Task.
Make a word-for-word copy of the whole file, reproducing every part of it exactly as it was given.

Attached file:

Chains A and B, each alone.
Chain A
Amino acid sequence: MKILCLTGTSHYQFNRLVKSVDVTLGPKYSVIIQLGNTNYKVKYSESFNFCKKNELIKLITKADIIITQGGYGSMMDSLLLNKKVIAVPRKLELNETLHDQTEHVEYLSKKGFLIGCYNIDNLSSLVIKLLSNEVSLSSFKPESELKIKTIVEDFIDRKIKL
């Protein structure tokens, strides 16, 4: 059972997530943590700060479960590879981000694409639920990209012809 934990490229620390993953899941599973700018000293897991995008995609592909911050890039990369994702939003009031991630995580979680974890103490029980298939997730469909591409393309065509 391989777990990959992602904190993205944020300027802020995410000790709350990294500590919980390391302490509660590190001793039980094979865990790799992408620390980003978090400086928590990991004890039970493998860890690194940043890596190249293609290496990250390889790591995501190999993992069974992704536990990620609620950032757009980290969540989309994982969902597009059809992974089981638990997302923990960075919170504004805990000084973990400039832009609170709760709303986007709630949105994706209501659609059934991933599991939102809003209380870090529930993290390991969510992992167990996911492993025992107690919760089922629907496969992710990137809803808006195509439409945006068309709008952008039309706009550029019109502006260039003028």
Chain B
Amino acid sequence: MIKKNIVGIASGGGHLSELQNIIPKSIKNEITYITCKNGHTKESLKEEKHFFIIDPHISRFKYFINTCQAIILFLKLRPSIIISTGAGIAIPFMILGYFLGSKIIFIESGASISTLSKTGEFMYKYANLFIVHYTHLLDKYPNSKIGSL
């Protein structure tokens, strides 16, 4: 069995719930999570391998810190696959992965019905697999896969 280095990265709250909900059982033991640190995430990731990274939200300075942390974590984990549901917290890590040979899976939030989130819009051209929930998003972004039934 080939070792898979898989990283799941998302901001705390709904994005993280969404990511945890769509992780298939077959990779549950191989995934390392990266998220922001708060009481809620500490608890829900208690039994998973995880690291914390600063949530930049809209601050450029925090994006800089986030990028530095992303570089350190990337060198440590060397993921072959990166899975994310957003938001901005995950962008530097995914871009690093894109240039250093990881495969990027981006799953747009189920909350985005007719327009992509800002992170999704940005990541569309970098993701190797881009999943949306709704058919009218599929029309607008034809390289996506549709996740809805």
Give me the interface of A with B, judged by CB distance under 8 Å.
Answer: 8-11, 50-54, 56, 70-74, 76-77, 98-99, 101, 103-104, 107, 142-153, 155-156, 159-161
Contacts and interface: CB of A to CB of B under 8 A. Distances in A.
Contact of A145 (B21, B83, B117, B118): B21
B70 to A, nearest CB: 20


Chains A and B, each alone.
Chain A
Amino acid sequence: MKILCLTGTSHYQFNRLVKSVDVTLGPKYSVIIQLGNTNYKVKYSESFNFCKKNELIKLITKADIIITQGGYGSMMDSLLLNKKVIAVPRKLELNETLHDQTEHVEYLSKKGFLIGCYNIDNLSSLVIKLLSNEVSLSSFKPESELKIKTIVEDFIDRKIKL
């Protein structure tokens, strides 16, 4: 059972997530943590700060479960590879981000694409639920990209012809 934990490229620390993953899941599973700018000293897991995008995609592909911050890039990369994702939003009031991630995580979680974890103490029980298939997730469909591409393309065509 391989777990990959992602904190993205944020300027802020995410000790709350990294500590919980390391302490509660590190001793039980094979865990790799992408620390980003978090400086928590990991004890039970493998860890690194940043890596190249293609290496990250390889790591995501190999993992069974992704536990990620609620950032757009980290969540989309994982969902597009059809992974089981638990997302923990960075919170504004805990000084973990400039832009609170709760709303986007709630949105994706209501659609059934991933599991939102809003209380870090529930993290390991969510992992167990996911492993025992107690919760089922629907496969992710990137809803808006195509439409945006068309709008952008039309706009550029019109502006260039003028």
Chain B
Amino acid sequence: MIKKNIVGIASGGGHLSELQNIIPKSIKNEITYITCKNGHTKESLKEEKHFFIIDPHISRFKYFINTCQAIILFLKLRPSIIISTGAGIAIPFMILGYFLGSKIIFIESGASISTLSKTGEFMYKYANLFIVHYTHLLDKYPNSKIGSL
């Protein structure tokens, strides 16, 4: 069995719930999570391998810190696959992965019905697999896969 280095990265709250909900059982033991640190995430990731990274939200300075942390974590984990549901917290890590040979899976939030989130819009051209929930998003972004039934 080939070792898979898989990283799941998302901001705390709904994005993280969404990511945890769509992780298939077959990779549950191989995934390392990266998220922001708060009481809620500490608890829900208690039994998973995880690291914390600063949530930049809209601050450029925090994006800089986030990028530095992303570089350190990337060198440590060397993921072959990166899975994310957003938001901005995950962008530097995914871009690093894109240039250093990881495969990027981006799953747009189920909350985005007719327009992509800002992170999704940005990541569309970098993701190797881009999943949306709704058919009218599929029309607008034809390289996506549709996740809805």
Give me the interface of A with B, judged by CB distance under 8 Å.
Answer: 8-11, 50-54, 56, 70-74, 76-77, 98-99, 101, 103-104, 107, 142-153, 155-156, 159-161
Contacts and interface: CB of A to CB of B under 8 A. Distances in A.
Contact of A145 (B21, B83, B117, B118): B21
B70 to A, nearest CB: 20